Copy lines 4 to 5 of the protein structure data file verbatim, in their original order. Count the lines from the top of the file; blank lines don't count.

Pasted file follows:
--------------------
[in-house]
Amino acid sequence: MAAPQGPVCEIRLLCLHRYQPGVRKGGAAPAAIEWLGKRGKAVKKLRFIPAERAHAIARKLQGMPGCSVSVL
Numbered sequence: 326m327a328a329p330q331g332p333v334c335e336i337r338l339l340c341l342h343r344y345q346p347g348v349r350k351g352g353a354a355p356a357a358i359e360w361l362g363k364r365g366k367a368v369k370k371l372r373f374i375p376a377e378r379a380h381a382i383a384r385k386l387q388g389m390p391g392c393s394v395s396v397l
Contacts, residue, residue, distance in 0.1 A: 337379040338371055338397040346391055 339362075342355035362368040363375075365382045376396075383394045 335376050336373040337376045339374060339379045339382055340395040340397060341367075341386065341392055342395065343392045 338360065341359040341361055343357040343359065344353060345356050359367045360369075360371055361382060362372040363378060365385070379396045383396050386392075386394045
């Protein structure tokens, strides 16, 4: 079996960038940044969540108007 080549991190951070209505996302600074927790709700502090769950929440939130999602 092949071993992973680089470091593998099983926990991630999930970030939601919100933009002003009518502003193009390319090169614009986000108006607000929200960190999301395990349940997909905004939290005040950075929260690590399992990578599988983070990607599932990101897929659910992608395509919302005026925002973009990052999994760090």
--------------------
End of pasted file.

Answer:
Contacts, residue, residue, distance in 0.1 A: 337379040338371055338397040346391055 339362075342355035362368040363375075365382045376396075383394045 335376050336373040337376045339374060339379045339382055340395040340397060341367075341386065341392055342395065343392045 338360065341359040341361055343357040343359065344353060345356050359367045360369075360371055361382060362372040363378060365385070379396045383396050386392075386394045
């Protein structure tokens, strides 16, 4: 079996960038940044969540108007 080549991190951070209505996302600074927790709700502090769950929440939130999602 092949071993992973680089470091593998099983926990991630999930970030939601919100933009002003009518502003193009390319090169614009986000108006607000929200960190999301395990349940997909905004939290005040950075929260690590399992990578599988983070990607599932990101897929659910992608395509919302005026925002973009990052999994760090």